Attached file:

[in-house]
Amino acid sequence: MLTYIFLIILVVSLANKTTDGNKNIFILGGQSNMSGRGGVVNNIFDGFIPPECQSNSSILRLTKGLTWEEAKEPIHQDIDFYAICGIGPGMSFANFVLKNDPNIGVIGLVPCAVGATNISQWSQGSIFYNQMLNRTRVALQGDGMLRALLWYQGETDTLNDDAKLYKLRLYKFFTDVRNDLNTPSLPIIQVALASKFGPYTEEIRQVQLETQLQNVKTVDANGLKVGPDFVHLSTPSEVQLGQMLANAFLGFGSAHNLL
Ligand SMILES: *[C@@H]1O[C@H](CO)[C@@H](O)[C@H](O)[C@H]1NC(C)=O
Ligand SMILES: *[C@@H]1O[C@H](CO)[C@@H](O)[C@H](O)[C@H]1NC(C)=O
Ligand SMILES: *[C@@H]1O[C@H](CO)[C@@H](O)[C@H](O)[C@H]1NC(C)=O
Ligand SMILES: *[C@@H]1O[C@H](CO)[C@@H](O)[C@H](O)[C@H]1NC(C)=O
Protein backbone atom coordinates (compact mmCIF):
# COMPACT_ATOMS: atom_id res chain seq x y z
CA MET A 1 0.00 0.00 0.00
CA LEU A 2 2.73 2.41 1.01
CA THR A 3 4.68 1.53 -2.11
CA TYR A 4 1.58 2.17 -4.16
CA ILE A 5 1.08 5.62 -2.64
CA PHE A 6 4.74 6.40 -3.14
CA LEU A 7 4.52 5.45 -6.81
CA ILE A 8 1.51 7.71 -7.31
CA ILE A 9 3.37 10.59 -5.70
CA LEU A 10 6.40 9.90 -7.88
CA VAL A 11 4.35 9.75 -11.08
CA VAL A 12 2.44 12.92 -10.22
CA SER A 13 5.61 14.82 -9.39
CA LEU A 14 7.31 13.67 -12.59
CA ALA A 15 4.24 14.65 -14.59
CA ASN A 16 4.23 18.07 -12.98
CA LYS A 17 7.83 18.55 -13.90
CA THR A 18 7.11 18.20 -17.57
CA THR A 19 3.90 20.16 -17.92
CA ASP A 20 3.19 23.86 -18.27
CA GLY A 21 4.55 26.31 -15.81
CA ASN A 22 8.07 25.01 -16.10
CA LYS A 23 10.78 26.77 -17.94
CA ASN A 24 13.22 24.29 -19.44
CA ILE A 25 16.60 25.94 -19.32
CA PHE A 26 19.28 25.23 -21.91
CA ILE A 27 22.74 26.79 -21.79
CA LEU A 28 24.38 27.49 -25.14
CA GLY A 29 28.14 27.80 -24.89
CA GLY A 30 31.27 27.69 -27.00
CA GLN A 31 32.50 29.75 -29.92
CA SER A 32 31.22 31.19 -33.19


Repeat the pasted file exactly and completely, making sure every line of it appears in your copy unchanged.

[in-house]
Amino acid sequence: MLTYIFLIILVVSLANKTTDGNKNIFILGGQSNMSGRGGVVNNIFDGFIPPECQSNSSILRLTKGLTWEEAKEPIHQDIDFYAICGIGPGMSFANFVLKNDPNIGVIGLVPCAVGATNISQWSQGSIFYNQMLNRTRVALQGDGMLRALLWYQGETDTLNDDAKLYKLRLYKFFTDVRNDLNTPSLPIIQVALASKFGPYTEEIRQVQLETQLQNVKTVDANGLKVGPDFVHLSTPSEVQLGQMLANAFLGFGSAHNLL
Ligand SMILES: *[C@@H]1O[C@H](CO)[C@@H](O)[C@H](O)[C@H]1NC(C)=O
Ligand SMILES: *[C@@H]1O[C@H](CO)[C@@H](O)[C@H](O)[C@H]1NC(C)=O
Ligand SMILES: *[C@@H]1O[C@H](CO)[C@@H](O)[C@H](O)[C@H]1NC(C)=O
Ligand SMILES: *[C@@H]1O[C@H](CO)[C@@H](O)[C@H](O)[C@H]1NC(C)=O
Protein backbone atom coordinates (compact mmCIF):
# COMPACT_ATOMS: atom_id res chain seq x y z
CA MET A 1 0.00 0.00 0.00
CA LEU A 2 2.73 2.41 1.01
CA THR A 3 4.68 1.53 -2.11
CA TYR A 4 1.58 2.17 -4.16
CA ILE A 5 1.08 5.62 -2.64
CA PHE A 6 4.74 6.40 -3.14
CA LEU A 7 4.52 5.45 -6.81
CA ILE A 8 1.51 7.71 -7.31
CA ILE A 9 3.37 10.59 -5.70
CA LEU A 10 6.40 9.90 -7.88
CA VAL A 11 4.35 9.75 -11.08
CA VAL A 12 2.44 12.92 -10.22
CA SER A 13 5.61 14.82 -9.39
CA LEU A 14 7.31 13.67 -12.59
CA ALA A 15 4.24 14.65 -14.59
CA ASN A 16 4.23 18.07 -12.98
CA LYS A 17 7.83 18.55 -13.90
CA THR A 18 7.11 18.20 -17.57
CA THR A 19 3.90 20.16 -17.92
CA ASP A 20 3.19 23.86 -18.27
CA GLY A 21 4.55 26.31 -15.81
CA ASN A 22 8.07 25.01 -16.10
CA LYS A 23 10.78 26.77 -17.94
CA ASN A 24 13.22 24.29 -19.44
CA ILE A 25 16.60 25.94 -19.32
CA PHE A 26 19.28 25.23 -21.91
CA ILE A 27 22.74 26.79 -21.79
CA LEU A 28 24.38 27.49 -25.14
CA GLY A 29 28.14 27.80 -24.89
CA GLY A 30 31.27 27.69 -27.00
CA GLN A 31 32.50 29.75 -29.92
CA SER A 32 31.22 31.19 -33.19